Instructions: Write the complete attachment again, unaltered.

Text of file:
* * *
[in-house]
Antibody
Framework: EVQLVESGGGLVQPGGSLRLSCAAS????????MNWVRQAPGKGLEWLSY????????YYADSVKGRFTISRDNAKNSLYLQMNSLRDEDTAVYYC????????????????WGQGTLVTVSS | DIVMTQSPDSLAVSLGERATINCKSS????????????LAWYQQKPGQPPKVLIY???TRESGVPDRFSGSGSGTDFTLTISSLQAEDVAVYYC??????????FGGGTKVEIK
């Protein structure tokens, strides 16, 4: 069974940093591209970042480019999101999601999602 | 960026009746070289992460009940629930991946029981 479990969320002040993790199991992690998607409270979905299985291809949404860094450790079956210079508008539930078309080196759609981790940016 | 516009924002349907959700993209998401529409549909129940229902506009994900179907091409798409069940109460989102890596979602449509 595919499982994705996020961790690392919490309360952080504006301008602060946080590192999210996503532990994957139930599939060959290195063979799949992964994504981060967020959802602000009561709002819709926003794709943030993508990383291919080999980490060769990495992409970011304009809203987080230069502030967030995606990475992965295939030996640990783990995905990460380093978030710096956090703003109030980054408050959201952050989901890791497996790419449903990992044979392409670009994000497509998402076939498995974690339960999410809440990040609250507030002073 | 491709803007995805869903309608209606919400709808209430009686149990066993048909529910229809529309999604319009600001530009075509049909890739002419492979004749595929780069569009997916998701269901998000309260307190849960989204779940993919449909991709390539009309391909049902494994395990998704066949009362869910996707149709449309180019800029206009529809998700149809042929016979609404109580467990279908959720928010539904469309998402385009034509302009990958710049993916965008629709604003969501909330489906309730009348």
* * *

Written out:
[in-house]
Antibody
Framework: EVQLVESGGGLVQPGGSLRLSCAAS????????MNWVRQAPGKGLEWLSY????????YYADSVKGRFTISRDNAKNSLYLQMNSLRDEDTAVYYC????????????????WGQGTLVTVSS | DIVMTQSPDSLAVSLGERATINCKSS????????????LAWYQQKPGQPPKVLIY???TRESGVPDRFSGSGSGTDFTLTISSLQAEDVAVYYC??????????FGGGTKVEIK
């Protein structure tokens, strides 16, 4: 069974940093591209970042480019999101999601999602 | 960026009746070289992460009940629930991946029981 479990969320002040993790199991992690998607409270979905299985291809949404860094450790079956210079508008539930078309080196759609981790940016 | 516009924002349907959700993209998401529409549909129940229902506009994900179907091409798409069940109460989102890596979602449509 595919499982994705996020961790690392919490309360952080504006301008602060946080590192999210996503532990994957139930599939060959290195063979799949992964994504981060967020959802602000009561709002819709926003794709943030993508990383291919080999980490060769990495992409970011304009809203987080230069502030967030995606990475992965295939030996640990783990995905990460380093978030710096956090703003109030980054408050959201952050989901890791497996790419449903990992044979392409670009994000497509998402076939498995974690339960999410809440990040609250507030002073 | 491709803007995805869903309608209606919400709808209430009686149990066993048909529910229809529309999604319009600001530009075509049909890739002419492979004749595929780069569009997916998701269901998000309260307190849960989204779940993919449909991709390539009309391909049902494994395990998704066949009362869910996707149709449309180019800029206009529809998700149809042929016979609404109580467990279908959720928010539904469309998402385009034509302009990958710049993916965008629709604003969501909330489906309730009348």